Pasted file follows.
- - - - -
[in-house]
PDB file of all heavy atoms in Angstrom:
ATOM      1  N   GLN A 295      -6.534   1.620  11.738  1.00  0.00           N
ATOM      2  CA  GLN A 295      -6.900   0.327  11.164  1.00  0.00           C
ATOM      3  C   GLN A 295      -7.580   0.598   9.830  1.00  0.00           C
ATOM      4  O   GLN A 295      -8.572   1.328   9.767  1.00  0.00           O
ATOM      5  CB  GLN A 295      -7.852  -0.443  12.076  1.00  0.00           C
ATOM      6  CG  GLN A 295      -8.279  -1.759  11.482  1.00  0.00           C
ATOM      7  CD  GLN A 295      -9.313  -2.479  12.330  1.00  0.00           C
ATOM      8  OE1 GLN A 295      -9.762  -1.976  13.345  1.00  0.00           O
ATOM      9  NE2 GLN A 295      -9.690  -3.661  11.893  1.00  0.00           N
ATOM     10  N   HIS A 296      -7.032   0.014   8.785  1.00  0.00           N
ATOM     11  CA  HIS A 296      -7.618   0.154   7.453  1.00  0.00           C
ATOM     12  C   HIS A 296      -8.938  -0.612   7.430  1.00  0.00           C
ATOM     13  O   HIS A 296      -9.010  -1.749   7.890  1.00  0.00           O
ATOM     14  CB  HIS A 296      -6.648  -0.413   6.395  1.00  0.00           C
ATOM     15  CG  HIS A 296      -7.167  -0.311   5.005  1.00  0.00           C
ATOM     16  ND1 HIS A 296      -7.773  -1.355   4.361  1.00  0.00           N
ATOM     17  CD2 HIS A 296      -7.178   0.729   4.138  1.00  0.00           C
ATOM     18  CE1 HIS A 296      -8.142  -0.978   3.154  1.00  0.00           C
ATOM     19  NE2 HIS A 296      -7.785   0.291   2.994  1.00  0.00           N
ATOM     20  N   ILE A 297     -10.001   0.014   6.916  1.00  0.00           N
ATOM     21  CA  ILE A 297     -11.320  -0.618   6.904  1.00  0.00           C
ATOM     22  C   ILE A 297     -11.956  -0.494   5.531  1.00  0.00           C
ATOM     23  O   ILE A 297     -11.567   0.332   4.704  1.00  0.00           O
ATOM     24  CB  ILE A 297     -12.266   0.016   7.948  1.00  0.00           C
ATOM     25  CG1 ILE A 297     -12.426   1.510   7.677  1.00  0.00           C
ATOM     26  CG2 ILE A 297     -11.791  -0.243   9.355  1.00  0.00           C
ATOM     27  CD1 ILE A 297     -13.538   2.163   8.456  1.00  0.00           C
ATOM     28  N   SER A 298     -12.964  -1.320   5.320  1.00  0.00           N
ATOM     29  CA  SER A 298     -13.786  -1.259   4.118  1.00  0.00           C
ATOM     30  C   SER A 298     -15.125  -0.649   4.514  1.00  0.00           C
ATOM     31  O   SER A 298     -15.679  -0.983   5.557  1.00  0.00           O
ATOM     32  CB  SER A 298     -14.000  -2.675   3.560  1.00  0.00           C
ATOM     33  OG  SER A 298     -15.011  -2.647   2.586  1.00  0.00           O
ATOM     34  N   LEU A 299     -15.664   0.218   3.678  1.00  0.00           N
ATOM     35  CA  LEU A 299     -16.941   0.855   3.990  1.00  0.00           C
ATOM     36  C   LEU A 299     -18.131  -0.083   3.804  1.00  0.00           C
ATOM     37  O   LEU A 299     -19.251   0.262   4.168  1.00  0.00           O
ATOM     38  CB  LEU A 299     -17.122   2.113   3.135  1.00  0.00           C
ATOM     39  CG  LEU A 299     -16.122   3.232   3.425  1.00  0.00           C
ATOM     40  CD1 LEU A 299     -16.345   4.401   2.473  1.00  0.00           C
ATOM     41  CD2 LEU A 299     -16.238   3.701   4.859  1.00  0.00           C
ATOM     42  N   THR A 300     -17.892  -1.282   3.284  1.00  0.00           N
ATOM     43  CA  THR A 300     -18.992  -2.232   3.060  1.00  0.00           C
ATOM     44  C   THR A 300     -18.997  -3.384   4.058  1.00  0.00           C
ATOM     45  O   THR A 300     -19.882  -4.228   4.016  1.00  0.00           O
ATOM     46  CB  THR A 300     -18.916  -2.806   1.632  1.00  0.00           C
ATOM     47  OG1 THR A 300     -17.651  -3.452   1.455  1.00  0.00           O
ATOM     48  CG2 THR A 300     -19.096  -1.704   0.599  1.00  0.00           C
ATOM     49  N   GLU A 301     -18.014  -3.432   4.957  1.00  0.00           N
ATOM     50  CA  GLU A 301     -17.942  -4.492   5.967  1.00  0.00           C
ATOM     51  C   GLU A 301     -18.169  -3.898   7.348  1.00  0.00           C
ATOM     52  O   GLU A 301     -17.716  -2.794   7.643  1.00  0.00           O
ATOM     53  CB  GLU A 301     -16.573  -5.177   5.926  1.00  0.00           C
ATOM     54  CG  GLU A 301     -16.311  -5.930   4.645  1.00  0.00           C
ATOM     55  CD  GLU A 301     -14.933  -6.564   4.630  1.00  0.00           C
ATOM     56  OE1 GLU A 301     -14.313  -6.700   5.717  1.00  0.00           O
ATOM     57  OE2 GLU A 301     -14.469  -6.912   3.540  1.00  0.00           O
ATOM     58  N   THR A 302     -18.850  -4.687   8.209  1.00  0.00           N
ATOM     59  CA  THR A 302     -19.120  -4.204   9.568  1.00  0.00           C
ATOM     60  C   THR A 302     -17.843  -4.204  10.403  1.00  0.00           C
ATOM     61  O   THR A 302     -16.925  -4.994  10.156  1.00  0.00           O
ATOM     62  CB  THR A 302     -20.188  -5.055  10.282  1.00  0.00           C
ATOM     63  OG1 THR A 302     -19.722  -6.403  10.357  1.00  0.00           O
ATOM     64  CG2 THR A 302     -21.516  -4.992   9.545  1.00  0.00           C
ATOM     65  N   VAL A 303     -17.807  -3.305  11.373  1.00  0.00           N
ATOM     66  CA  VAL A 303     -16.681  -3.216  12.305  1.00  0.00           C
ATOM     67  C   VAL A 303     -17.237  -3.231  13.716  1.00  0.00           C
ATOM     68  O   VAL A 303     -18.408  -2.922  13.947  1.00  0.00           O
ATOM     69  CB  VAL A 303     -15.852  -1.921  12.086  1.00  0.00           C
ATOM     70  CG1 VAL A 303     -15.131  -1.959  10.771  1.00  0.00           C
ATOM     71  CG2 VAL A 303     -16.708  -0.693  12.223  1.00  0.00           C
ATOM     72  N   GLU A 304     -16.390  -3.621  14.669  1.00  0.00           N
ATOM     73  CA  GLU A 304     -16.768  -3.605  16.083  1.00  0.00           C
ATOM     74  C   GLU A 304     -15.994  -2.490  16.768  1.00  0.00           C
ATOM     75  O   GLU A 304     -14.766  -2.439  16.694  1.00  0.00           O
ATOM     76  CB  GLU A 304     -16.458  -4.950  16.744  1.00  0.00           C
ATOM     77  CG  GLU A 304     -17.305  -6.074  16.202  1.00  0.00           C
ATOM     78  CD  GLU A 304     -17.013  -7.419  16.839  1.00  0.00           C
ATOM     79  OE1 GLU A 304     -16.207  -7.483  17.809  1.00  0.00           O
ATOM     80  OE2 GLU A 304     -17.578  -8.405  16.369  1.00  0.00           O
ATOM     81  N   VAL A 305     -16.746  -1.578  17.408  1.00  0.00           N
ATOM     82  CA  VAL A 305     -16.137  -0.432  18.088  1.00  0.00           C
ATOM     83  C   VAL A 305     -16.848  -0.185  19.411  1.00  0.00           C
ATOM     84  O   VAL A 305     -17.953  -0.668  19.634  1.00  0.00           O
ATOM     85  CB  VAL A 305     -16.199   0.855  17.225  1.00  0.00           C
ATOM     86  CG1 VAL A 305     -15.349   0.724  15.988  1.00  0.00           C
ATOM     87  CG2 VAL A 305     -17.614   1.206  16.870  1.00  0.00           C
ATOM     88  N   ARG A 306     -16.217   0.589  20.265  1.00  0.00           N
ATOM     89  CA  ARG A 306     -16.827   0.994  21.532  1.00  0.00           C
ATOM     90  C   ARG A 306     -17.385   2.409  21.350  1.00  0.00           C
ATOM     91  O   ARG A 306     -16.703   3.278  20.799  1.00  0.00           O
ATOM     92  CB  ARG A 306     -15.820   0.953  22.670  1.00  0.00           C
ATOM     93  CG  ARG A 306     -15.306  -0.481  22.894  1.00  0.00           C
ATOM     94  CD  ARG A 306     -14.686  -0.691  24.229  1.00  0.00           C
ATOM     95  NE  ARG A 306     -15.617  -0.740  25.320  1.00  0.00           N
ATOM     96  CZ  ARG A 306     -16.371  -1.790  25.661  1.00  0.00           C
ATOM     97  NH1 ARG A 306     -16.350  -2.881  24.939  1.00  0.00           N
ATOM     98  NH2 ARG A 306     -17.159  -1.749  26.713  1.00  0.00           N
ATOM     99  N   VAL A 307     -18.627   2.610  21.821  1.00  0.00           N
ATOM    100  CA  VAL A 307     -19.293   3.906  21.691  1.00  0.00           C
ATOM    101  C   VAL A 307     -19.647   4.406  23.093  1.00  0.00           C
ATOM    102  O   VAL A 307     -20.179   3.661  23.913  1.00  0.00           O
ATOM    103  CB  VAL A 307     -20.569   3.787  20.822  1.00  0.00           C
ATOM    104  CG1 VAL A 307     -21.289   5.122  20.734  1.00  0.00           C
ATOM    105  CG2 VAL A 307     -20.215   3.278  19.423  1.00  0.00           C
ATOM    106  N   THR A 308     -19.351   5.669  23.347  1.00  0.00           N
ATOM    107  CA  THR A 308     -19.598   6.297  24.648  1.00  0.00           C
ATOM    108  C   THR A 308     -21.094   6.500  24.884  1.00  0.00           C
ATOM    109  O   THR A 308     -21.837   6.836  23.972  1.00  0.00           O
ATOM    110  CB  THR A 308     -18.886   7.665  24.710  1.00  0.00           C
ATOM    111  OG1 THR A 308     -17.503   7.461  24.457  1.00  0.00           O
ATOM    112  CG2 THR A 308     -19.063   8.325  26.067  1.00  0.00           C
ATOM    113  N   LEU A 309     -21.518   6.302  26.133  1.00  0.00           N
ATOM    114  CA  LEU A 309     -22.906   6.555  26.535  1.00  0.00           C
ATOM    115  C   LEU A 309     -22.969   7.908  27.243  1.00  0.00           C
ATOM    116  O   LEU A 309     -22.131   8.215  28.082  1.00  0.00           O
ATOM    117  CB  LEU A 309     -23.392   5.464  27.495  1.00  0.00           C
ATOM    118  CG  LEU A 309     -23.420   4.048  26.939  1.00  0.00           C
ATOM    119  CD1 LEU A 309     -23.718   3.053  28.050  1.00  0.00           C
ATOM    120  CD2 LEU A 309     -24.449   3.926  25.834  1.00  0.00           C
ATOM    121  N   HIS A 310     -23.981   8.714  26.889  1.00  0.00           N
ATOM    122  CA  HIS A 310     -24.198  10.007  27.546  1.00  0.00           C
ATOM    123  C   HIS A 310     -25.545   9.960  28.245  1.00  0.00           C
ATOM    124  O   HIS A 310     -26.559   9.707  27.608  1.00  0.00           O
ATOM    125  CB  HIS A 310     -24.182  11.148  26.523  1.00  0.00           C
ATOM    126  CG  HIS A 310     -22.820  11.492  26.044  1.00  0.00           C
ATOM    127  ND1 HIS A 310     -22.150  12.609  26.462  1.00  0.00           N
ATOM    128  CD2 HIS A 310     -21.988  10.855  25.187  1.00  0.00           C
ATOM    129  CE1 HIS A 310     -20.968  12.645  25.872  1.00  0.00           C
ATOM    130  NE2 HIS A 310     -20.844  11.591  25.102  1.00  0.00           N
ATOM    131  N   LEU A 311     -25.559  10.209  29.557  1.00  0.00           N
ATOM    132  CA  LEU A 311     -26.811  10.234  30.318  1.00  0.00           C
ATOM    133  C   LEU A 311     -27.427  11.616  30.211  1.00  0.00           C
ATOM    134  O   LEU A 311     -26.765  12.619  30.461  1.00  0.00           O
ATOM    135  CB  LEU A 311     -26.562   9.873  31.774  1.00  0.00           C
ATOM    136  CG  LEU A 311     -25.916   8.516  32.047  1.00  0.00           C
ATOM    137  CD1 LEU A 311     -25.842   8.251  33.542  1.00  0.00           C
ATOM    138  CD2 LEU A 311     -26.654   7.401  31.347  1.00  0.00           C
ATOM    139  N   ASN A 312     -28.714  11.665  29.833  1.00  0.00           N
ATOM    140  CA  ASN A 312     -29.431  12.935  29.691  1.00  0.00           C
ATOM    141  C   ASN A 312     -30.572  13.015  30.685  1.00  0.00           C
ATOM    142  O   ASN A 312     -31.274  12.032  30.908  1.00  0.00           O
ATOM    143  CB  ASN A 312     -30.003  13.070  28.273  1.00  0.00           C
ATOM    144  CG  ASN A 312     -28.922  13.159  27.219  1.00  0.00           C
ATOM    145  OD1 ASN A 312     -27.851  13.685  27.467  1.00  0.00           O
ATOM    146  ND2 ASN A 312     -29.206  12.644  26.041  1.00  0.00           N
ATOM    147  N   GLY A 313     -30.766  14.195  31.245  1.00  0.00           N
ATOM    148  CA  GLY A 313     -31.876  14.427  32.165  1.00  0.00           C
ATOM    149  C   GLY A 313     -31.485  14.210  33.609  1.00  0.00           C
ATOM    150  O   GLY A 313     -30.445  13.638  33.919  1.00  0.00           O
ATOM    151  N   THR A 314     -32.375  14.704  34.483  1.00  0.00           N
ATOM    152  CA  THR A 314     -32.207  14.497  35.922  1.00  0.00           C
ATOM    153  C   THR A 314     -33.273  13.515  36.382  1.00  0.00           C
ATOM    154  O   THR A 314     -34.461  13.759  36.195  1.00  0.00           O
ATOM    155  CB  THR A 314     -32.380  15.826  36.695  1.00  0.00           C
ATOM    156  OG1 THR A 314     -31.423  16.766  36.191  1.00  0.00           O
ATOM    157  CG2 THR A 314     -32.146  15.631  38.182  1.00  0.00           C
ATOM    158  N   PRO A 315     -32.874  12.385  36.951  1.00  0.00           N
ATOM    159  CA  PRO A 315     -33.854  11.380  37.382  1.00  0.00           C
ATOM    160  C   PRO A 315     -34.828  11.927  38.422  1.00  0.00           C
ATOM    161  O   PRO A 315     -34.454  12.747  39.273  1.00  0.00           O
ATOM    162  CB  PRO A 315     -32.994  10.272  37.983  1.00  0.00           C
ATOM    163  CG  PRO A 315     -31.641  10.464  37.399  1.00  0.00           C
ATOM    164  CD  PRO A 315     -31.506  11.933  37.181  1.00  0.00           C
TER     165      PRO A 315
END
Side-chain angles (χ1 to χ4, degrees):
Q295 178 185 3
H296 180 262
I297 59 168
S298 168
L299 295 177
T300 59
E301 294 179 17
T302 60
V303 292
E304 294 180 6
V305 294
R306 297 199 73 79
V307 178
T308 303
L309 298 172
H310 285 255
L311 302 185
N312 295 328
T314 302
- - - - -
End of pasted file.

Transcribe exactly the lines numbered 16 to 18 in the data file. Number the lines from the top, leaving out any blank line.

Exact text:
ATOM     14  CB  HIS A 296      -6.648  -0.413   6.395  1.00  0.00           C
ATOM     15  CG  HIS A 296      -7.167  -0.311   5.005  1.00  0.00           C
ATOM     16  ND1 HIS A 296      -7.773  -1.355   4.361  1.00  0.00           N